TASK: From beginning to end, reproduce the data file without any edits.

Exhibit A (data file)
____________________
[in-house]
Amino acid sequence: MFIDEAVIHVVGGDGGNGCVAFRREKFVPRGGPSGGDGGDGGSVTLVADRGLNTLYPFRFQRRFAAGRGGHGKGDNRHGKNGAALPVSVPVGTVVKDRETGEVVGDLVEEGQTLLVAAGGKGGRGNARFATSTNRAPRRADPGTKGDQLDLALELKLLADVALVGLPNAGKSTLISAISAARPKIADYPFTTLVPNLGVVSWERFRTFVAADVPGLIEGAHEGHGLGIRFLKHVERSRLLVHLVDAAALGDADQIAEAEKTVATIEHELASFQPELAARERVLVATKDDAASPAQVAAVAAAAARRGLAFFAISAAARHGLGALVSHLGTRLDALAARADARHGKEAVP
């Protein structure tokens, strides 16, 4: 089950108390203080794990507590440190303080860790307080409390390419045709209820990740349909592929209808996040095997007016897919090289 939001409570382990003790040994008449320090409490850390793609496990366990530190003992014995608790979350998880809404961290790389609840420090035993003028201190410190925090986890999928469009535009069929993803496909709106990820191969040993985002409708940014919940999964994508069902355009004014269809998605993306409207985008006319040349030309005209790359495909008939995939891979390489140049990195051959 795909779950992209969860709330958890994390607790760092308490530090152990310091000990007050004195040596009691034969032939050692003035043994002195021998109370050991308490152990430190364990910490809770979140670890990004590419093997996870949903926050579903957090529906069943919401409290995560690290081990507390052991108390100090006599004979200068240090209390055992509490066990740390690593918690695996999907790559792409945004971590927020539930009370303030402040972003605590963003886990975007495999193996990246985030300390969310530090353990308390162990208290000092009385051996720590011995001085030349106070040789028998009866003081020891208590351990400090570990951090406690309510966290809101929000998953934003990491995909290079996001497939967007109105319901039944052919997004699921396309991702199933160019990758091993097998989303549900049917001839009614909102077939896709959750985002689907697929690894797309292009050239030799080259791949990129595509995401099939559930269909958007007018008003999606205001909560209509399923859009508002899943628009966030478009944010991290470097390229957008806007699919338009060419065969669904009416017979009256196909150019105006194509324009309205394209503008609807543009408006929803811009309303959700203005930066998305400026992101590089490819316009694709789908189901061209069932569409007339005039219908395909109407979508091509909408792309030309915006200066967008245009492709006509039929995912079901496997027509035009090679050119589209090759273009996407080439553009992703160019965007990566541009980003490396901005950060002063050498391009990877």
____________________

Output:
[in-house]
Amino acid sequence: MFIDEAVIHVVGGDGGNGCVAFRREKFVPRGGPSGGDGGDGGSVTLVADRGLNTLYPFRFQRRFAAGRGGHGKGDNRHGKNGAALPVSVPVGTVVKDRETGEVVGDLVEEGQTLLVAAGGKGGRGNARFATSTNRAPRRADPGTKGDQLDLALELKLLADVALVGLPNAGKSTLISAISAARPKIADYPFTTLVPNLGVVSWERFRTFVAADVPGLIEGAHEGHGLGIRFLKHVERSRLLVHLVDAAALGDADQIAEAEKTVATIEHELASFQPELAARERVLVATKDDAASPAQVAAVAAAAARRGLAFFAISAAARHGLGALVSHLGTRLDALAARADARHGKEAVP
């Protein structure tokens, strides 16, 4: 089950108390203080794990507590440190303080860790307080409390390419045709209820990740349909592929209808996040095997007016897919090289 939001409570382990003790040994008449320090409490850390793609496990366990530190003992014995608790979350998880809404961290790389609840420090035993003028201190410190925090986890999928469009535009069929993803496909709106990820191969040993985002409708940014919940999964994508069902355009004014269809998605993306409207985008006319040349030309005209790359495909008939995939891979390489140049990195051959 795909779950992209969860709330958890994390607790760092308490530090152990310091000990007050004195040596009691034969032939050692003035043994002195021998109370050991308490152990430190364990910490809770979140670890990004590419093997996870949903926050579903957090529906069943919401409290995560690290081990507390052991108390100090006599004979200068240090209390055992509490066990740390690593918690695996999907790559792409945004971590927020539930009370303030402040972003605590963003886990975007495999193996990246985030300390969310530090353990308390162990208290000092009385051996720590011995001085030349106070040789028998009866003081020891208590351990400090570990951090406690309510966290809101929000998953934003990491995909290079996001497939967007109105319901039944052919997004699921396309991702199933160019990758091993097998989303549900049917001839009614909102077939896709959750985002689907697929690894797309292009050239030799080259791949990129595509995401099939559930269909958007007018008003999606205001909560209509399923859009508002899943628009966030478009944010991290470097390229957008806007699919338009060419065969669904009416017979009256196909150019105006194509324009309205394209503008609807543009408006929803811009309303959700203005930066998305400026992101590089490819316009694709789908189901061209069932569409007339005039219908395909109407979508091509909408792309030309915006200066967008245009492709006509039929995912079901496997027509035009090679050119589209090759273009996407080439553009992703160019965007990566541009980003490396901005950060002063050498391009990877």